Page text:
Grammar and Style
Appropriately Distinguishing Between Adjectives & Adverbs

Matt Thomas / Mark Merrick


Adverbs describe the motions of the oceans but if the oceans had no motions adjectives we would need.

Matt Thomas

Although it may seem simple to distinguish between adjectives and adverbs they can sometimes present problems when trying to decide between them. It can be helpful to consider apples as an example when trying to distinguish between the two. Adjectives may be used to describe the number of apples present, the type of apples, how they physically appear, and to point out one particular apple from the bunch. Adverbs can also describe the apples but in a different sense. They describe at what time the apples arrive at the market, the places they come from, how they get there, the frequency of deliveries, the direction the apple-display faces and the degree of damage inflicted upon them during delivery.
Adjectives enhance nouns and pronouns while adverbs enhance actions and descriptions.



For #1-2, fill in the blank with an adjective or an adverb
1) The ________ students found it appalling that their new living environment was full of asbestos.
2) The boy ran _______ from the rabid dog.

For #2-5, choose the correct usage of the adjective/adverb
3) Oklahoma has a (real/really) good football team.
4) I played (terrible/terribly) in the soccer game.
5) I did extremely (good/well) on the test.

For #6-10, decide whether the bold-faced word is an adjective or an adverb
6) The rotund rodent quickly scurried across the icy floor.
7) It's a bittersweet symphony.
8) The storm of gargantuan proportions is expected to smack into the coast like a snowboarder violently colliding with an innocent tree
9) The midget jumped ecstatically at the sight of an attractive female of his tiny stature.
10) The shipments are punctually delivered on a daily basis.


Anson, Chris M., Schwegler, Robert A.. The Longman Handbook for Writers and Readers. 2nd ed. New York: Longman, 2000.

Gibaldi, Joseph. MLA Handbook for Writers of Research Papers. 5th ed. New York: Modern Language Association of America,1999.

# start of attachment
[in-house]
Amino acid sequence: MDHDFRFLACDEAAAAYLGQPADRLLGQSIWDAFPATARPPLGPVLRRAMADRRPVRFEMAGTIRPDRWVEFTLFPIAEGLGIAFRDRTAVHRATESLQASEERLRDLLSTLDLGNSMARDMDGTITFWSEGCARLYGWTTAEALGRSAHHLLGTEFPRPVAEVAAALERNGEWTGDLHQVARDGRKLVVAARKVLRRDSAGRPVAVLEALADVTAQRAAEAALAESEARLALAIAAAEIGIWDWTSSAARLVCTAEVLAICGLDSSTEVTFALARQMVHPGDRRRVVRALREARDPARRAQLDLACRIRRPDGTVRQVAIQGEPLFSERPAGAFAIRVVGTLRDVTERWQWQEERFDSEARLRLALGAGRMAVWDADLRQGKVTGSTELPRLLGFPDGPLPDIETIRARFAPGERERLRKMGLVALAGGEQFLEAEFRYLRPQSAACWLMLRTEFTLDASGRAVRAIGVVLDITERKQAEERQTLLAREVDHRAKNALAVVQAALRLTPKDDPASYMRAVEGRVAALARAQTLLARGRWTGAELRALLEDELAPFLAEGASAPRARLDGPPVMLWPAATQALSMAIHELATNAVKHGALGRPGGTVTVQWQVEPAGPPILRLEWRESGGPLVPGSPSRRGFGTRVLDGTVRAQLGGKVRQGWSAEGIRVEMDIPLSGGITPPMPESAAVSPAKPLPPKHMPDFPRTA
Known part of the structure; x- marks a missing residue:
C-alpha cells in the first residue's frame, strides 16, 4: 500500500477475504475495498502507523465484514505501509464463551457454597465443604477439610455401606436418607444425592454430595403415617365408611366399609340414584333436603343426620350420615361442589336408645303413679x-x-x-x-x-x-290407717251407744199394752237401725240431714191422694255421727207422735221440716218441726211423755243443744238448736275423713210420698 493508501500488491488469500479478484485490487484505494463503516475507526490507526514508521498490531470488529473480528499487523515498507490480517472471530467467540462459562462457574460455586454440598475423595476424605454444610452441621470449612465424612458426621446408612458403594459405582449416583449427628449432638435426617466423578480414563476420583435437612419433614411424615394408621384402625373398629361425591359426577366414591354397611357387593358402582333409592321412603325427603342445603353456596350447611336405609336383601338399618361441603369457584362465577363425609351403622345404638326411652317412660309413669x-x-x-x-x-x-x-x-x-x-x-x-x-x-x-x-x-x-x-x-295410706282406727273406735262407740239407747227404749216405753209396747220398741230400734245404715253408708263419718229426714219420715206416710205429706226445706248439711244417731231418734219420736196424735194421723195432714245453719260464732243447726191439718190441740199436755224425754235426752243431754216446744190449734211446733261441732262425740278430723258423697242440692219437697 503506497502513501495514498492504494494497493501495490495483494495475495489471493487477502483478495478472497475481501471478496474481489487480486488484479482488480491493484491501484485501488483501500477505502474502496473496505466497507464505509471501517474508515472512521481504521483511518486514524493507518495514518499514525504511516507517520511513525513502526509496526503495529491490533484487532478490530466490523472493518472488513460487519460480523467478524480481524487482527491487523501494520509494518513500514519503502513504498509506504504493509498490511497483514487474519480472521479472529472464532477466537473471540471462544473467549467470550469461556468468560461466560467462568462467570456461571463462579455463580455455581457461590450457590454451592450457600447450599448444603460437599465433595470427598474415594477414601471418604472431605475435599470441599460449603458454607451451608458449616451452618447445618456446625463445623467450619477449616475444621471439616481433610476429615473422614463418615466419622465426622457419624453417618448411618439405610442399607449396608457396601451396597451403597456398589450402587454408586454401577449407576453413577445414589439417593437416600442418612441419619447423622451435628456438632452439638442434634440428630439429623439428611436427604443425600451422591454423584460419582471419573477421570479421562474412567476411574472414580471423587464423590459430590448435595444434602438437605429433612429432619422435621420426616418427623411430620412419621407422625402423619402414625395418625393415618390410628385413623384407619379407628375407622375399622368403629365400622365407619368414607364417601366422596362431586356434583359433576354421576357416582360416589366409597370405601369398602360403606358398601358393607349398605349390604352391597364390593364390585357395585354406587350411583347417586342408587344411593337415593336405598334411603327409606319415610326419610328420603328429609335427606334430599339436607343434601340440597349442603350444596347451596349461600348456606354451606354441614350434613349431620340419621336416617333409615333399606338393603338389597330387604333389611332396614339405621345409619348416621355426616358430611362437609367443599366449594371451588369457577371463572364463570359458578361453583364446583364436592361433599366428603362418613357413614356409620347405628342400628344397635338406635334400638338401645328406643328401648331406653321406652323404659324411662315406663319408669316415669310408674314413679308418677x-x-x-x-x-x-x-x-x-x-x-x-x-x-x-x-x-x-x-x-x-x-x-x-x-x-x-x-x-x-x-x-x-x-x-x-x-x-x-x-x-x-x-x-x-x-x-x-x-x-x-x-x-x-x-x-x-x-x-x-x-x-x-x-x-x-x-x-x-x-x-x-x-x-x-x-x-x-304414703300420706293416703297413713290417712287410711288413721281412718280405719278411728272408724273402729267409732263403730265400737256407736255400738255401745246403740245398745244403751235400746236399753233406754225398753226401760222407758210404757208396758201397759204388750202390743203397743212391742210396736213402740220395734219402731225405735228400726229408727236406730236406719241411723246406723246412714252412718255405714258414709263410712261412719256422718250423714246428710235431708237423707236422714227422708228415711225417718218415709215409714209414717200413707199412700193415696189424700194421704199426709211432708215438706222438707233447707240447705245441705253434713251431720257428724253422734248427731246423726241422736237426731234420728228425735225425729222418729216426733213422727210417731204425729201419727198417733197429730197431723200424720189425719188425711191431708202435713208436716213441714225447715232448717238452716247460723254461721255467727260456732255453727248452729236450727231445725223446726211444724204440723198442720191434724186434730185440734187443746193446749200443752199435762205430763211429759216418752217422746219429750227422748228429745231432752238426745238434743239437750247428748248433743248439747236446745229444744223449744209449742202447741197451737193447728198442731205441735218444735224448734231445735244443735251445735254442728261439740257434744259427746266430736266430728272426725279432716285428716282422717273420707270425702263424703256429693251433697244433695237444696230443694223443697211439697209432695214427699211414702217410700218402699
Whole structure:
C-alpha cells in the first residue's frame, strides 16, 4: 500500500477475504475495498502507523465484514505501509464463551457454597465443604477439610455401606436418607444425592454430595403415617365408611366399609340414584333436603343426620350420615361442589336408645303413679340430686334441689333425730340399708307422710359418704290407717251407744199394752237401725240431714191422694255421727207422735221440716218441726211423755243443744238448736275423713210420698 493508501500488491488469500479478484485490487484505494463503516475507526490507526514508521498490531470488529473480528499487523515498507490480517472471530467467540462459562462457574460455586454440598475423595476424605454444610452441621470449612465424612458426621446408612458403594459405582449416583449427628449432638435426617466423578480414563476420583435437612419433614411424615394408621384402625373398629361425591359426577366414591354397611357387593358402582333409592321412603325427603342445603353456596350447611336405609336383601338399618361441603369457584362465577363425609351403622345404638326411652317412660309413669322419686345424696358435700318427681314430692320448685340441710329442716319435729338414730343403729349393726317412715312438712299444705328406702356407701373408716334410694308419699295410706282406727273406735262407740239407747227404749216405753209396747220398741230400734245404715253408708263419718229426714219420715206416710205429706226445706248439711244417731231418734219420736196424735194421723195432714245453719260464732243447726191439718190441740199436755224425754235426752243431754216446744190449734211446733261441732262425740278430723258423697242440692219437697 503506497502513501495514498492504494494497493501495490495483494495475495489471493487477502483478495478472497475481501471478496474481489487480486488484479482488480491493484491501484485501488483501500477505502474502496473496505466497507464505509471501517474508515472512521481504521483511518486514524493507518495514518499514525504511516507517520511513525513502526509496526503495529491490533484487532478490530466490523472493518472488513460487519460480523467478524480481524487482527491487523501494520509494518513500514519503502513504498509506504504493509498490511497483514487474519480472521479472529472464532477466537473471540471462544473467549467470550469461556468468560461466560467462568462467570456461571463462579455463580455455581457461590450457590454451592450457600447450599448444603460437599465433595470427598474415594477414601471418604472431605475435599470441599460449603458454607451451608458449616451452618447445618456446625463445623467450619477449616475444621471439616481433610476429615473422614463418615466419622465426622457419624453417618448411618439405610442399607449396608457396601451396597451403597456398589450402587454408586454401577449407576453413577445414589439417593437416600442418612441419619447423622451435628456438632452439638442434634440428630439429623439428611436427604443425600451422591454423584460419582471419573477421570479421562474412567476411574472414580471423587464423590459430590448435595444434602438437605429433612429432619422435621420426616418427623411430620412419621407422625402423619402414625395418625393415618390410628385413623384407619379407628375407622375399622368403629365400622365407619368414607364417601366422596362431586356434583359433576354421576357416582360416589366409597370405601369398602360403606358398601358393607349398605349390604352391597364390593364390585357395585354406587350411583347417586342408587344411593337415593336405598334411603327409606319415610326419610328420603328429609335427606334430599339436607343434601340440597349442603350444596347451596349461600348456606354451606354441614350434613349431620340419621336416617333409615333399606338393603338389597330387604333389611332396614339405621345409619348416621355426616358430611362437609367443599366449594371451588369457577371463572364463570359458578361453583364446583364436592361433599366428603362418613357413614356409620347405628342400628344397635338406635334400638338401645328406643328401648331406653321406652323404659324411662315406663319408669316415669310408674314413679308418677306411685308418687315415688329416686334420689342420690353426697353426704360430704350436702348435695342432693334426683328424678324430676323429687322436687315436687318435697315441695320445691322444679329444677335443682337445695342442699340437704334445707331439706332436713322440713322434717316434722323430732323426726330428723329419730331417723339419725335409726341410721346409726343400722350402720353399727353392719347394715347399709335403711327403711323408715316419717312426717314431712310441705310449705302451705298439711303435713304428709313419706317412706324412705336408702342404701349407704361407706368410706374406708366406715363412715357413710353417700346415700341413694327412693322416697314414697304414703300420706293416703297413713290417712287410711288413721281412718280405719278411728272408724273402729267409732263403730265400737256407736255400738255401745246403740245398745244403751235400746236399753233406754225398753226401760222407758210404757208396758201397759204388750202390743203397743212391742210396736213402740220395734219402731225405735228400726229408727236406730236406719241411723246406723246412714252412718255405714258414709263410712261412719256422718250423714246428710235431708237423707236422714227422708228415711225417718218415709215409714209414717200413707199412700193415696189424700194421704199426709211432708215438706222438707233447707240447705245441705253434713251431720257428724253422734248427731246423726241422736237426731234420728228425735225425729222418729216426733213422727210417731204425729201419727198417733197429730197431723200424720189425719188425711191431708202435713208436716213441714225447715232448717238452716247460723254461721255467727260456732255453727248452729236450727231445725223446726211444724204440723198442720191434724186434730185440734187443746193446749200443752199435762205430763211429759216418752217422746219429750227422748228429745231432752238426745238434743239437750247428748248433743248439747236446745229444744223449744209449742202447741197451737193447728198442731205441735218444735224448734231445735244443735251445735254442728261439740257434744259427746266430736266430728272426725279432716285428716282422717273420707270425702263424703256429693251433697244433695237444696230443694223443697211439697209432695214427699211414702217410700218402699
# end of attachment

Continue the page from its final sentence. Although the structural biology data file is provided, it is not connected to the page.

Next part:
"Adjective" and "Adverb" went up a hill
To modify a word.
Adverb fell down when it could not correctly describe a "crown",
But Adjective expressed there after.

When it came for crown to leave
And "demote", liked to stay,
Adjective was thrown from the hill
Where Adverb had moved that day.

Crown - noun - described by adjectives
Demoted - verb - modified by adverbs

Mark Merrick

Adjectives and adverbs are fine-tuned principles of grammar. They inject color into writing by modifying, describing, and relating detailed characters to otherwise dull or vague sentence structures. Their differences: "adjectives" modify nouns while "adverbs" acknowledge verbs, adjectives, or even adverbs. Together they fertilize plain works, ensuring the growth of visual aspects in writing. Questions like how many, what kind, and which one are answered enthusiastically with adjectives, and how, where, when, and to what degree with adverbs. Without modifiers, expression and illustration would cease, like a black and white, snowy, muted television.


1. What do adjectives modify?

2. What do adverbs modify?

3. Underline the adjective & noun relationship in the following sentence.
The snowy road was not passable.

4. List the comparative and superlative forms of 'dusty.'

5. Choose. Creating questions can be (real/really) mind twisting.

6. Read, and edit if needed. The engine ran really good today, there were no problems.

7. Write the superlative form of this sentence: Well, I ran faster up the stairs.

8. List an irregular comparative and superlative.

9. (T/F) An adverb always has to end in '-ly.'

10. How are adjectives and adverbs similar?

Answer Key

1. Adjectives modify nouns
2. Adverbs modify verbs, adjectives, and other adverbs
3. Snowy road
4. Dustier, dustiest
5. Really
6. The engine ran really well today, there were no problems.
7. Well, I ran fastest up the stairs.
8. Good, Better, Best - (will vary according to adjective)
9. False
10. They establish detail in otherwise vague sentences. They describe appropriate modifiers.


Anson, Chris M., and Schwegler, Robert A. The Longman Handbook for Writers and Readers. New York: 2000.

Darling, Charles. "Guide to Grammar and Writing." Capital Community College: Adjectives/Adverbs. Online. 2001.